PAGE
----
Courts own judgment by Justice Krishna Iyer in Mohinder Singh Gill v. Chief Election

Commissioner that the little mans right to rise to Prime Ministership13 or President ship

cannot be wished away.

The vision of democracy as envisaged by our founding fathers is one based not on

ensuring the most competent candidate wins (by whatever a priori definition of

competence), but on giving effect to the peoples choice. Apparently, prior screening out of

candidates violates that principle. Thus providing disqualifications based on education

defeats the very purpose of the democratic form of the electoral process as envisaged by our

founding fathers and also goes against Equality Principles of Art 14.

2015(5) GLT (SC)12
(1977) ILR 2Delhi265

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The law is violative of Article 15

Article 243D (4) of the Constitution of India provides that not less than one-third of

the total number of offices of Chairpersons in Panchayats at each level shall be reserved for

women. However, the actual number of offices reserved is determined by the provisions of

the Panchayati Raj Act of each State. As per 2011 census, The Haryana Panchayati

Raj(Amendment) Act, 2015 leaves 68 per cent of the Scheduled Caste women unable to

participate and thus creating a discrimination among the most weaker section of schedule

caste women.

When there are no educational qualifications at the Union and the State Government

level for Ministers of Legislative Assembly and Ministers of Parliament, such a rule for the

most vulnerable sections at the rural level who have the least educational qualifications is a

grave injustice meted to them. The introduction of such inequitable disqualification criteria

excludes the bulk of the non-literate women from the possibility of exercising their political

right to contest elections.

Disqualification based on education would render renders 68% of schedule caste

women ineligible thereby affecting the most oppressed section of society. Thus the legislation

completely violates the special rights provided to women under Article 15.

The requirement of a functional toilet at home:

A functional toilet requires it is understood as, a simple flush system and lots of

water. There is no data produced by the State of Haryana that a pipeline is available to all the

people in their State. Without a pipeline, it is impossible to install a functional toilet.

Moreover imposing toilet requirement would amount to property restrictions and which is

against electoral process envisaged in the constitution on requirement that a person going to

contest panchayat polls should have electricity bill arrears.

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A Person may not be able to pay his bill on time due to poverty, or for the mere

reason that the bill was not delivered by the electricity authorities on time; or the meter is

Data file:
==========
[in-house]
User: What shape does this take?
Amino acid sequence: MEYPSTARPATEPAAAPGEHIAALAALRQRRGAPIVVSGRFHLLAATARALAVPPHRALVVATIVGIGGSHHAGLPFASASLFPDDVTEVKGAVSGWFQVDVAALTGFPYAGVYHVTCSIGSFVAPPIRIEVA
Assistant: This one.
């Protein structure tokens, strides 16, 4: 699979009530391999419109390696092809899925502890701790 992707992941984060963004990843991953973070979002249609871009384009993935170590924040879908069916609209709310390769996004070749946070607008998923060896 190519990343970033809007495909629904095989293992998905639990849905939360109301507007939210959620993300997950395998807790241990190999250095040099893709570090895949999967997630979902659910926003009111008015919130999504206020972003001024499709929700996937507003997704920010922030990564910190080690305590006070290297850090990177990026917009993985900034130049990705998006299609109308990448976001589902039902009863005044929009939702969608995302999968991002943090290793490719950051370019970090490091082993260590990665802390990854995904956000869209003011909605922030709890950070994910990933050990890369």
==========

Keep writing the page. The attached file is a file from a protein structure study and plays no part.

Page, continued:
faulty, or the possibility of wrong calculation of arrears or the person is bonafide unaware of

his dues.

The impugned legislation is creating anomalous situation about


Article 243-F (1) (a) mandate that the disqualifications for an MLA and a panchayat

member should be the same under the Constitution and the Representation of the People Act,

1951. The Haryana Panchayati Raj (Amendment) Act, 2015 violates this principle by creating

an anomalous situation; through allowing a person facing disqualification in panchayat

elections to contest the elections for MP and MLA.

In Minerva Mills Ltd. & Ors. v. Union of India & Ors14Chandrachud, CJ., writing the

judgment for the majority of the Judges of the Constitution Bench, has held that Articles 14,

19 and 21 of the Constitution constitute the golden triangle which affords to the people of this

country an assurance that the promise held forth by the Preamble will be performed by

ushering an egalitarian era through the discipline of fundamental rights, that is, without

emasculation of the rights to liberty and equality which alone can help preserve the dignity of

the individual.

In conclusion, the supreme needs to review its judgement in the Rajbala case as the

disqualifications based on education and other parameters does not confirm to the various

tests propounded by the court in establishing the validity of a legislation under article

14.Moreover the entire legislation also violates the rights of women under article 15 and

AIR 1986 SC 2030

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freedoms provided under article 19.Thus in the best interest of the nations democracy the

supreme court need to constitute a larger bench to look to the issues raise and overrule its

earlier judgement to save democratic ideals of this great nation .


S.NO Book Title

M.P. Jain, Indian Constitutional Law, 265
1. (6th Ed., Lexis Nexis Butter WorthsWadhwa 2011)

Constitution of India, P.M.Bakshi,Universal Law PublishingCompany,12th

Constitutional Law of India, (In 3 Volumes, Reprint), Universal Law
4. Introduction to Indian Constitution ,D D Basu